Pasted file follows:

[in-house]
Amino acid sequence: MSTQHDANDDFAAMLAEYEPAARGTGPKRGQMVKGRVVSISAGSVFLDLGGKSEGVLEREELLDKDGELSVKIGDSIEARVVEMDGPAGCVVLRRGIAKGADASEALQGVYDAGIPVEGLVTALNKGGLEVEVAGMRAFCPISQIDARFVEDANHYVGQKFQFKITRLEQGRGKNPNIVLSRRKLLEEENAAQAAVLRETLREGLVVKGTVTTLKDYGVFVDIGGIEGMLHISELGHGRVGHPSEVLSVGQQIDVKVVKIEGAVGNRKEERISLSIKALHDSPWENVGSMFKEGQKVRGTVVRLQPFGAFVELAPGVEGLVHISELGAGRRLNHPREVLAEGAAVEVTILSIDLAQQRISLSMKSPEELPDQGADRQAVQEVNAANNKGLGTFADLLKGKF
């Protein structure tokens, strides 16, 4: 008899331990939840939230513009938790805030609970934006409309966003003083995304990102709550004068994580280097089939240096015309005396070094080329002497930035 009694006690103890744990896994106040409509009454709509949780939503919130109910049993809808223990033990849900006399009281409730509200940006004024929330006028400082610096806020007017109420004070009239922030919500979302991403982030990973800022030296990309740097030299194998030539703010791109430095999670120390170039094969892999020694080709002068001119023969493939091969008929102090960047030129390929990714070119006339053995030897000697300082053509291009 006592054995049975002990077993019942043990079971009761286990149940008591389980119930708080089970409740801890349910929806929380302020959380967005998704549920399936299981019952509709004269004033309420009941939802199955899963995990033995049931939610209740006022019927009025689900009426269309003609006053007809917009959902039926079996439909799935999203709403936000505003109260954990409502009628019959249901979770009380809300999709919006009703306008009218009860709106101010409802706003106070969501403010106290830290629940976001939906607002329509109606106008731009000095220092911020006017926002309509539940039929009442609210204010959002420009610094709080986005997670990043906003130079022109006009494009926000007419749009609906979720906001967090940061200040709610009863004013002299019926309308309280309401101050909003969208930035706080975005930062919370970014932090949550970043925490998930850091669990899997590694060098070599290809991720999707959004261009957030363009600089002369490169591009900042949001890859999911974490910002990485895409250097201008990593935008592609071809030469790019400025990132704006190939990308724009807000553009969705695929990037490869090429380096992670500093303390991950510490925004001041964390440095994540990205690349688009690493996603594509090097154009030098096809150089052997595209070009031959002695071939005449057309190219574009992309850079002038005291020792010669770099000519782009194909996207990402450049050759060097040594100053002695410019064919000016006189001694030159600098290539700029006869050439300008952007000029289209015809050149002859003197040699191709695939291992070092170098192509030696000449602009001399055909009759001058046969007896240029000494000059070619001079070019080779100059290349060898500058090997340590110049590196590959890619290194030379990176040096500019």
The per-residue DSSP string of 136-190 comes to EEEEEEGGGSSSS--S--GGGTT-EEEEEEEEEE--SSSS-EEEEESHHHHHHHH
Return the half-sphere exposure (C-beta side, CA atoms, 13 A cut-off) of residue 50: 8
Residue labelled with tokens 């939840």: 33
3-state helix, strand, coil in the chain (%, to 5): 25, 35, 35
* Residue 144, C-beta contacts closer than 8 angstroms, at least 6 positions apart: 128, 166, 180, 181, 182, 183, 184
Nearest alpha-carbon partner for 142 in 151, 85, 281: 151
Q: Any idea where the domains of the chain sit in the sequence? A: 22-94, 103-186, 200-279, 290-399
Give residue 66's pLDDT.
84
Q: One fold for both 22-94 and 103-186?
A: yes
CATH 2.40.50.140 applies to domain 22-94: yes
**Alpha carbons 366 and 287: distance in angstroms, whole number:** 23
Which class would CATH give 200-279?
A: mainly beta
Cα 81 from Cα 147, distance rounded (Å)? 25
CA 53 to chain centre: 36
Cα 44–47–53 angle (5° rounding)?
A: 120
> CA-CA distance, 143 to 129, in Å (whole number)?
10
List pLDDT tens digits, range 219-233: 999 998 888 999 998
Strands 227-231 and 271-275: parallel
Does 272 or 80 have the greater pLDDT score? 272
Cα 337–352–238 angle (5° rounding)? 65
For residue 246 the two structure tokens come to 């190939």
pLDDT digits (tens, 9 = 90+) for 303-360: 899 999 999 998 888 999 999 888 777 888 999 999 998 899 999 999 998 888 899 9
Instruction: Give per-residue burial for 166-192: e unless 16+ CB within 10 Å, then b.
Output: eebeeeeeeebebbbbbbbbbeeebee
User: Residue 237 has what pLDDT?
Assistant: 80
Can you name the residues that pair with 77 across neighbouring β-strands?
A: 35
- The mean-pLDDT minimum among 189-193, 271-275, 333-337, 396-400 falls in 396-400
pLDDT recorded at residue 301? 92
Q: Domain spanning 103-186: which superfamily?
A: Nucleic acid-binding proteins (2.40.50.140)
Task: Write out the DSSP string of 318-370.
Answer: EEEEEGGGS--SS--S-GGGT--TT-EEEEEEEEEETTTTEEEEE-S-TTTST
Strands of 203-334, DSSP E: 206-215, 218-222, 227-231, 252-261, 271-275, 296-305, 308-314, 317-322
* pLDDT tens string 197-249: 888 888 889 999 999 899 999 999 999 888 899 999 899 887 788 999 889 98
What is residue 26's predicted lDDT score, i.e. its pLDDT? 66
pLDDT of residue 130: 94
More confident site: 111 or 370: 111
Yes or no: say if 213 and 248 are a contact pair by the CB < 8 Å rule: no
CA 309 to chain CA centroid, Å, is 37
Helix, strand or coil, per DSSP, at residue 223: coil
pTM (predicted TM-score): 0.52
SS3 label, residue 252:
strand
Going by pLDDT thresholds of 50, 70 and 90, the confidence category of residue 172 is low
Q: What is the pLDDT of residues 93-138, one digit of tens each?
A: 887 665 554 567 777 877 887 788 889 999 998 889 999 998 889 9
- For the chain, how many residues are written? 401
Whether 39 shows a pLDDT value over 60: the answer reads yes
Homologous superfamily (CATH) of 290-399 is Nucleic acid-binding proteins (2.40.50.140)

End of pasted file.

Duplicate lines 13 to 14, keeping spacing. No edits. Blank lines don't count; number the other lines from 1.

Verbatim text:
Q: One fold for both 22-94 and 103-186?
A: yes